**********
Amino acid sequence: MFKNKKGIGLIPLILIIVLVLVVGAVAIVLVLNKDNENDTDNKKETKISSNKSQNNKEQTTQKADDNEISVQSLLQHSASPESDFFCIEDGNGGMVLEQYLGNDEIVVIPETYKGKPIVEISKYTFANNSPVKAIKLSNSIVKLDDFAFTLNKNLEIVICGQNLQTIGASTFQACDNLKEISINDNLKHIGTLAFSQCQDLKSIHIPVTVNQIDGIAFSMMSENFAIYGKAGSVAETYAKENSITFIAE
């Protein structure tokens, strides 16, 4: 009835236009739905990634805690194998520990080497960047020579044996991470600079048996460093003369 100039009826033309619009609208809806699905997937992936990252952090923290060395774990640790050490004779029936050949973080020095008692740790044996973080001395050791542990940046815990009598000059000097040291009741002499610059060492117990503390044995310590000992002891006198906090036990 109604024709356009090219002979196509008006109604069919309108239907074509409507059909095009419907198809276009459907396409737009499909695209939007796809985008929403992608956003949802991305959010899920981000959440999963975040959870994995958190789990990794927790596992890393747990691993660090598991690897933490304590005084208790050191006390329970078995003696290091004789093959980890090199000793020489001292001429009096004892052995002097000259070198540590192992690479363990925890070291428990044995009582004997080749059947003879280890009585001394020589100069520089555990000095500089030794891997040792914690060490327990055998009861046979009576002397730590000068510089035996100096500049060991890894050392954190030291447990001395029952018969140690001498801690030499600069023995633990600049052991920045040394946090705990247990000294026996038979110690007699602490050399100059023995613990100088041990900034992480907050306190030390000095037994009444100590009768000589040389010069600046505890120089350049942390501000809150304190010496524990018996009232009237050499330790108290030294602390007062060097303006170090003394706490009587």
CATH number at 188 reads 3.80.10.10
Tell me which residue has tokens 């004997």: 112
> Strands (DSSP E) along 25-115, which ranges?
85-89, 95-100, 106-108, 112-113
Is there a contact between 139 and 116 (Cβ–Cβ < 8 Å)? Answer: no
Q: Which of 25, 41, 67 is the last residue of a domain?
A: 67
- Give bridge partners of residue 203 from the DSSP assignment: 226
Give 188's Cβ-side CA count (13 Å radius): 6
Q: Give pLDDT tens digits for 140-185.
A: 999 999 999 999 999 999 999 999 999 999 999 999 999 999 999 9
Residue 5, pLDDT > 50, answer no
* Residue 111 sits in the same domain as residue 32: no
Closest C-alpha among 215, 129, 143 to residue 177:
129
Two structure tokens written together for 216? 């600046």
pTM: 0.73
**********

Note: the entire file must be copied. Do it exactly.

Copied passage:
Amino acid sequence: MFKNKKGIGLIPLILIIVLVLVVGAVAIVLVLNKDNENDTDNKKETKISSNKSQNNKEQTTQKADDNEISVQSLLQHSASPESDFFCIEDGNGGMVLEQYLGNDEIVVIPETYKGKPIVEISKYTFANNSPVKAIKLSNSIVKLDDFAFTLNKNLEIVICGQNLQTIGASTFQACDNLKEISINDNLKHIGTLAFSQCQDLKSIHIPVTVNQIDGIAFSMMSENFAIYGKAGSVAETYAKENSITFIAE
């Protein structure tokens, strides 16, 4: 009835236009739905990634805690194998520990080497960047020579044996991470600079048996460093003369 100039009826033309619009609208809806699905997937992936990252952090923290060395774990640790050490004779029936050949973080020095008692740790044996973080001395050791542990940046815990009598000059000097040291009741002499610059060492117990503390044995310590000992002891006198906090036990 109604024709356009090219002979196509008006109604069919309108239907074509409507059909095009419907198809276009459907396409737009499909695209939007796809985008929403992608956003949802991305959010899920981000959440999963975040959870994995958190789990990794927790596992890393747990691993660090598991690897933490304590005084208790050191006390329970078995003696290091004789093959980890090199000793020489001292001429009096004892052995002097000259070198540590192992690479363990925890070291428990044995009582004997080749059947003879280890009585001394020589100069520089555990000095500089030794891997040792914690060490327990055998009861046979009576002397730590000068510089035996100096500049060991890894050392954190030291447990001395029952018969140690001498801690030499600069023995633990600049052991920045040394946090705990247990000294026996038979110690007699602490050399100059023995613990100088041990900034992480907050306190030390000095037994009444100590009768000589040389010069600046505890120089350049942390501000809150304190010496524990018996009232009237050499330790108290030294602390007062060097303006170090003394706490009587």
CATH number at 188 reads 3.80.10.10
Tell me which residue has tokens 């004997």: 112
> Strands (DSSP E) along 25-115, which ranges?
85-89, 95-100, 106-108, 112-113
Is there a contact between 139 and 116 (Cβ–Cβ < 8 Å)? Answer: no
Q: Which of 25, 41, 67 is the last residue of a domain?
A: 67
- Give bridge partners of residue 203 from the DSSP assignment: 226
Give 188's Cβ-side CA count (13 Å radius): 6
Q: Give pLDDT tens digits for 140-185.
A: 999 999 999 999 999 999 999 999 999 999 999 999 999 999 999 9
Residue 5, pLDDT > 50, answer no
* Residue 111 sits in the same domain as residue 32: no
Closest C-alpha among 215, 129, 143 to residue 177:
129
Two structure tokens written together for 216? 């600046």
pTM: 0.73